Bear Markets & Bull Markets

Rather than emotionally reacting to headlines which tend to vacillate between extremes, we feel it is important to provide unbiased, factual information to provide historical context and allow us all the mindset to make informed, rational decisions.

Longest Bull, Quickest Bear

We recently experienced the longest bull market in history followed by the quickest turn to a bear market in history. The combination of these two unprecedented events seems to fit our current narrative of heightened volatility caused by ongoing uncertainty due to the coronavirus pandemic.   To try and make sense of what this all means, it is important to have a better understanding of the terms bull market and bear market:

Bull Market:  A long-term trend of upward price movement in a stock index (i.e. the S&P 500), usually confirmed once values are up 20% from previous market lows. This generally means the economy is strong, unemployment is low, and stock prices are expected to continue their upward trend.

Bear Market A downward (usually long-term) trend in market prices, typically deemed a bear market when values have fallen 20% from previous market highs.  Usually, the economy is slowing, unemployment is increasing, and stock prices are expected to continue decreasing. Bear markets are not the same as an economic recession.

Historical Context

How the data is measured and analyzed has a sizable impact on the quantitative conclusions, but the qualitative takeaways tend to be similar.  For example, whether the Dow Jones 30 or S&P 500 are measured, over what timeframe, and whether or not dividends are assumed to be reinvested.

Historically, bull and bear markets take months to form, with bull markets lasting an average of 6.6 years and bear markets lasting an average of 1.3 years.  Reviewing the chart below from First Trust, the current bear market is the twelfth since 1926, and the third over the last 20 years (Tech Bubble, Financial Crisis, and current).

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The swiftness of our current retreat into bear market territory is the fastest in history.  On average, it has taken 172 days (5.5 months) for market prices to fall the requisite 20%.  This time, it took a mere 16 days, a full 2 weeks faster than during the Great Depression.

Market Rebound

In recent weeks, the S&P 500 Index has rallied back, including a +7% return today alone (4/6/2020). Past performance is not an indication of future returns, but we should use the past to inform us about potential outcomes.  The table below looks at all bear markets since 1957.  The average bear market peak to trough return is -35.8% (a number we nearly reached a few short weeks ago when the markets were down -34.8% from their all-time highs).  Furthermore, the average market bounce during the bear market is 14.5% (as of today, we are 20.5% above the recent market bottom…or technically back into bull market territory).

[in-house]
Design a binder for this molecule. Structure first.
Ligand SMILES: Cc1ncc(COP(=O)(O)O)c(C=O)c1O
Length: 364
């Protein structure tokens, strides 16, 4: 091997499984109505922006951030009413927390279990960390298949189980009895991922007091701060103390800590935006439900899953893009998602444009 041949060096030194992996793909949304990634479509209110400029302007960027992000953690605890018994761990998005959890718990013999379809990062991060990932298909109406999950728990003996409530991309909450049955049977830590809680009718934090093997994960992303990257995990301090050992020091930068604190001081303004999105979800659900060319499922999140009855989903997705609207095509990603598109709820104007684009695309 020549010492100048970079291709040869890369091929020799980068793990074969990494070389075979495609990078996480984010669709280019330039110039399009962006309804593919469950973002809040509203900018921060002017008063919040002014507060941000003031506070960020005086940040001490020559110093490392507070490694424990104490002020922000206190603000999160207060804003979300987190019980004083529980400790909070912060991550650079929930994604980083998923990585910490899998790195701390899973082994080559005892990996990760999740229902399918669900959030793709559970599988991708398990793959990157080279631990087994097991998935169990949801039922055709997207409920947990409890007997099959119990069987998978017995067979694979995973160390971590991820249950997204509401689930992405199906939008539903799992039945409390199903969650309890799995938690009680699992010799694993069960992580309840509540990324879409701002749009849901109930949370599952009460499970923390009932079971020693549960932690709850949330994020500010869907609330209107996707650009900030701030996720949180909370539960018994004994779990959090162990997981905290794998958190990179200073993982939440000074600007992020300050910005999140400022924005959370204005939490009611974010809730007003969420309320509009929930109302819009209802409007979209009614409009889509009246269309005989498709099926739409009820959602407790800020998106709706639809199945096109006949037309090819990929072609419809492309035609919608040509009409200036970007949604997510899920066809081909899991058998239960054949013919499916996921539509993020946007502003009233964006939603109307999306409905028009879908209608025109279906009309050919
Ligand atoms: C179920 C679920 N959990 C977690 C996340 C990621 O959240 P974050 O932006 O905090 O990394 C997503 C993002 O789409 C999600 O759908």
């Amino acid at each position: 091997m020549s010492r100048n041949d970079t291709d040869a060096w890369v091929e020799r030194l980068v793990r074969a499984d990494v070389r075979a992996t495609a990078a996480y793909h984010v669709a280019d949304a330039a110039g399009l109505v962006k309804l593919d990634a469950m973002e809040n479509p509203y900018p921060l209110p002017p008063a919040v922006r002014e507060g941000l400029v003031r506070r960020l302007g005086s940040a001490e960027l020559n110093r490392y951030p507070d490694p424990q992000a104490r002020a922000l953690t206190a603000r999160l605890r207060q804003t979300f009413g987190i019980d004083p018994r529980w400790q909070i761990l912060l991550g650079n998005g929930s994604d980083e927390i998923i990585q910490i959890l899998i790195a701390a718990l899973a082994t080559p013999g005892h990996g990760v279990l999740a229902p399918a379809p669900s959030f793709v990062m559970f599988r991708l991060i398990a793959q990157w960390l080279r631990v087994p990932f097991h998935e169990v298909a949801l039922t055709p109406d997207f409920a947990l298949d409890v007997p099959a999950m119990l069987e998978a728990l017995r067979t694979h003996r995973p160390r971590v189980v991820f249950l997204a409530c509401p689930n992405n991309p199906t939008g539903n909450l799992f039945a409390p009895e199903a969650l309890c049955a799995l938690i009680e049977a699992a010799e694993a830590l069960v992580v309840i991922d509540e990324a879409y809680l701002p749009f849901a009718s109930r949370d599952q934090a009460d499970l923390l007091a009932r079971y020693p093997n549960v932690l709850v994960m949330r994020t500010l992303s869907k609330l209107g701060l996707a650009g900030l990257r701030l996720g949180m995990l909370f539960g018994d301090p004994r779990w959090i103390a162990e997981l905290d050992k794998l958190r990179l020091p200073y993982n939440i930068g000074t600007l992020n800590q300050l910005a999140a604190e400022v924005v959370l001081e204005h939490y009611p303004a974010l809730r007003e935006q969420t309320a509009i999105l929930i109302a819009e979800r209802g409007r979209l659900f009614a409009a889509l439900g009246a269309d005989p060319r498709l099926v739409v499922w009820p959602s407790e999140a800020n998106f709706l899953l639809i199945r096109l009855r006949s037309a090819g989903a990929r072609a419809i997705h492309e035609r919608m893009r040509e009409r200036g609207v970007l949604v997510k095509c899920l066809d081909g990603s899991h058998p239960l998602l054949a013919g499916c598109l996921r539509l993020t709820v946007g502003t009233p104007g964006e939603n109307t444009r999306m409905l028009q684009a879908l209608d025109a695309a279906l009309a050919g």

Does this mean the bear market is over? The fastest bear market followed by the fastest bull market?  Using the Financial Crisis of 2008-2009 for context, during that time when the S&P 500 lost -56% peak to trough, stocks bounced more than 10% three times, with a huge 27% rally in late-2008.  As you may recall, the market later faltered and reached its eventual bottom a few months later in March 2009.  In other words, large positive market bounces are quite normal, especially during bear markets.


Whether the next bull market has already started or this is merely a bear market bounce, we recommend maintaining discipline using periodic rebalancing combined with a diversified allocation that is consistent with your long-term goals.  We remind clients to keep their next 7-12 years of anticipated cash distribution needs in stable assets such as cash, CDs, and short-term bonds.  These tumultuous times and never-ending stream of news coverage are a stark reminder that today’s headlines and tomorrow’s reality are seldom the same.


Please remember that past performance may not be indicative of future results. Different types of investments involve varying degrees of risk, and there can be no assurance that any specific investment, strategy, or product or any non-investment related content, made reference to directly or indirectly in this newsletter, will be suitable for your individual situation, or prove successful. This material is distributed by PDS Planning, Inc. and is for information purposes only.  Although information has been obtained from and is based upon sources PDS Planning believes to be reliable, we do not guarantee its accuracy.  It is provided with the understanding that no fiduciary relationship exists because of this report.  Opinions expressed in this report are not necessarily the opinions of PDS Planning and are subject to change without notice.  PDS Planning assumes no liability for the interpretation or use of this report. Consultation with a qualified investment advisor is recommended prior to executing any investment strategy. No portion of this publication should be construed as legal or accounting advice.  If you are a client of PDS Planning, please remember to contact PDS Planning, Inc., in writing, if there are any changes in your personal/financial situation or investment objectives.  All rights reserved.